Holt, Mira, and Max have fled Midnight City with Zoey after watching her repel an entire Assembly army. Zoey’s powers are unlocked, but who and what she is remains a mystery. All she knows is that she must reach the Severed Tower, an infamous location in the middle of the world’s most dangerous landscape: The Strange Lands, a place where the laws of physics have completely broken down. But the closer they get to the Tower, the more precarious things become. The Assembly has pursued Zoey into the Strange Lands. Among them is a new group, their walkers and machines strangely bereft of any color, stripped to bare metal, and whose agenda seems to differ from the rest. To make matters worse, the group hunting Holt are here, too, led by a dangerous and beautiful pirate named Ravan. So is Mira’s first love, Benjamin Aubertine, whose singular ambition to reach the Tower threatens to get them all killed.
Then there’s the Strange Lands themselves. They have inexplicably begun to grow, spreading outwards, becoming more powerful. Somehow, it all seems tied to Zoey herself, and the closer she gets to the Tower, the weaker she becomes.
Second book syndrome: commonly known as the disease that attacks and makes authors fail miserably when they try to write a sequel. So far no author has escaped unscathed. That is until J. Barton Mitchell arrived.
And his book, “The Severed Tower”, was anything but a miserable fail. It was, in fact, completely and utterly amazing. More thrilling than any book I have read in a long while. And that’s saying something since I just finished reading Orson Scott Cards’ “The Lost Gate”. Because even though Midnight City (the first book in the trilogy) was mediocre at best, JBM was able to rebound strongly and come back with this winner here. Not to mention that he completely blew the roof off my expectations (they weren’t really that high!) and the end of the book, while not really a cliff-hanger, was thrilling and amazingly well-written, and the least few lines still left me craving for more. Something that the first book seriously lacked and another thing that I thought JBM wasn’t able to pull off.
The only horrible thing about the plot, was something that’s in a lot of books these days, especially after The Hunger Games. And yeah, I’m talking about that lame and extremely pointless thing… the love triangle. But this book just doesn’t have a love triangle, it’s far worse than that. There is, in fact, a love rectangle. And usually it hurts just to read through the love triangle, so reading through this sappy love rectangle stuff almost killed me. So even though the book is fairly thick, you’re probably wanna skip through that and the boring biology and other science stuff. But the plot, nonetheless, was really complete and awesomely written, and the ending and I know it sounds like a broken record here, but the ending truly is unique and amazing.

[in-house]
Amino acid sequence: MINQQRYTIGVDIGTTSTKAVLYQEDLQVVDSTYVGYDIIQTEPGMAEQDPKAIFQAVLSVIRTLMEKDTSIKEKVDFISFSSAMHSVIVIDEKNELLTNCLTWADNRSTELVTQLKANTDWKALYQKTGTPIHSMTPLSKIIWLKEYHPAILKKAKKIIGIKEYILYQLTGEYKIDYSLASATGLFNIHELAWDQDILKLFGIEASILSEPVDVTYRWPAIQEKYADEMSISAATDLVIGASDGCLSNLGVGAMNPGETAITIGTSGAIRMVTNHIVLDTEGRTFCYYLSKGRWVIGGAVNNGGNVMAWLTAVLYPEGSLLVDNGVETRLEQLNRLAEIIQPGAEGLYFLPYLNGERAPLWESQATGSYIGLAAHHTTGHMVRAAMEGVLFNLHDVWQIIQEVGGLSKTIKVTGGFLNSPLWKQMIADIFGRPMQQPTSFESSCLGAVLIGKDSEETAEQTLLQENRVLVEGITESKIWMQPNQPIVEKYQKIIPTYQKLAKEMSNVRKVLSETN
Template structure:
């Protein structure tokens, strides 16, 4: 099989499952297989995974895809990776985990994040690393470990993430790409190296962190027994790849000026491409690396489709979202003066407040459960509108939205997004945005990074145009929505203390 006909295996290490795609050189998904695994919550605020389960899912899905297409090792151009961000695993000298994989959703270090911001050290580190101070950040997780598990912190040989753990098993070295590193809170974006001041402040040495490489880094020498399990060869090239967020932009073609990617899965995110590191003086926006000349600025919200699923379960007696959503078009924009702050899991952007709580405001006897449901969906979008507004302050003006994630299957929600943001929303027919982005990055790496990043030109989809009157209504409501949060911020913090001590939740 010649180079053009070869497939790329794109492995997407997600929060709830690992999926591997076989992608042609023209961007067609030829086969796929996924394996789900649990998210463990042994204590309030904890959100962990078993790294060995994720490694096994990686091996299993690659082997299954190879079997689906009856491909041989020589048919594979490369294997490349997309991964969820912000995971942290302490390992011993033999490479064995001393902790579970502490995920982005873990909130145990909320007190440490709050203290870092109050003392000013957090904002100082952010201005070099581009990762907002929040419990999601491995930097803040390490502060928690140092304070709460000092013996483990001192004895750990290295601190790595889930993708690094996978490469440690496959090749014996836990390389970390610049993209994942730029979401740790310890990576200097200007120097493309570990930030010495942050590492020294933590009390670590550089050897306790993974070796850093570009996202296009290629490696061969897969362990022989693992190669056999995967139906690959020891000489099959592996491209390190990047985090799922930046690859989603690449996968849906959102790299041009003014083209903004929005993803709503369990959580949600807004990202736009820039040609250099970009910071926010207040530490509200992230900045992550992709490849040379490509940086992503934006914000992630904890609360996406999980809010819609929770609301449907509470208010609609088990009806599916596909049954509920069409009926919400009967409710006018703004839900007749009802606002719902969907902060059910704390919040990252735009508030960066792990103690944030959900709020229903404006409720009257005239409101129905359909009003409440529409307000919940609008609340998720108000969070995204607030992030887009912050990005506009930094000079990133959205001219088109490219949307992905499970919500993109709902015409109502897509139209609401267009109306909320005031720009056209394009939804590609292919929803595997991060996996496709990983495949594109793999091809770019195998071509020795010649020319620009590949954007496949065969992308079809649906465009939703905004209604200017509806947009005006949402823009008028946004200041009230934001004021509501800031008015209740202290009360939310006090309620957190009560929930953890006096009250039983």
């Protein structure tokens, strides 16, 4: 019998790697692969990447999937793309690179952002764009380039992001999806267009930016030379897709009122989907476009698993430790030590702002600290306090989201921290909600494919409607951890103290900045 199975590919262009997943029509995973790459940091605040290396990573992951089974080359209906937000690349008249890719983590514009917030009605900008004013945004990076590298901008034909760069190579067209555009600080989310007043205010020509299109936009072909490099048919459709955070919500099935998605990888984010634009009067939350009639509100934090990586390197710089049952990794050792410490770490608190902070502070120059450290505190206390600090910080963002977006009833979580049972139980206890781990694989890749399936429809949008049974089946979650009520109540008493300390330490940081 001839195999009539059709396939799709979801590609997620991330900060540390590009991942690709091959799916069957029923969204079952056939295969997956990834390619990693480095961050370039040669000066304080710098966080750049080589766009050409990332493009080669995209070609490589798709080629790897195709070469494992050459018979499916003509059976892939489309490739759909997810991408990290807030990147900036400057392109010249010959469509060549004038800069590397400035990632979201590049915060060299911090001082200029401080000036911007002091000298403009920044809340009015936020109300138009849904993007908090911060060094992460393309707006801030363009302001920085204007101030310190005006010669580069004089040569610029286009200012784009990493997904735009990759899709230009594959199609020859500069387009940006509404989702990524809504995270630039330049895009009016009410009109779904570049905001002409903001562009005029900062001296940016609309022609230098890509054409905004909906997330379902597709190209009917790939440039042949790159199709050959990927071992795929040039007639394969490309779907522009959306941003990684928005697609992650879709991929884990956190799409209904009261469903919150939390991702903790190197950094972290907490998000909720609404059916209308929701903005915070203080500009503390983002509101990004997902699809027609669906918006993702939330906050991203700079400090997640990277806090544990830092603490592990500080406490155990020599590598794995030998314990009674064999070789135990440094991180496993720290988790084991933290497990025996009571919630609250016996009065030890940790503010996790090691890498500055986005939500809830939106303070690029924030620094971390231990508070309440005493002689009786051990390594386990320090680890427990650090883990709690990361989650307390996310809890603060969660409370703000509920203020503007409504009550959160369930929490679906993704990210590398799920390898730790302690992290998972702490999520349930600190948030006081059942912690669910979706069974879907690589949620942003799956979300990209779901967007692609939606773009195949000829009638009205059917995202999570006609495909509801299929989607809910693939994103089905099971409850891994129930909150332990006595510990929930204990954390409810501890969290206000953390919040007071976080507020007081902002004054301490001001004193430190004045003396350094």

Even though JBM did a decent job with his characters in the first book, he stepped up his game with them the same way he did with everything else in his sequel. In my review of the first book, I said I didn’t like how little we knew about Holt (the main character) well apparently JBM heard me and the story line you’ll get on the most important characters will blow you away. The other thing that surprised me was that even though I knew JBM was good at shaping his characters, I didn’t he was so good that he could make you feel for some of the Assembly (the bad dudes).
The setting, not really a biggy in this one since JBM pretty much laid it all out in the first one, so if you remembered most of what happens in the first book imagining the setting should be easy. But if you sorta kinda don’t remember that’s also no biggy cuz I didn’t, and JBM quickly lays down everything all over again and your back in the world of Holt Hawking and of course Max.
The cover was boring and too bright compared to the title, contents, and prequel. I was hoping for a cooler symbol after getting that nice one in Midnight City, but no. And of course, if you read the review you’d know by now the book earned the five stars I’m giving it.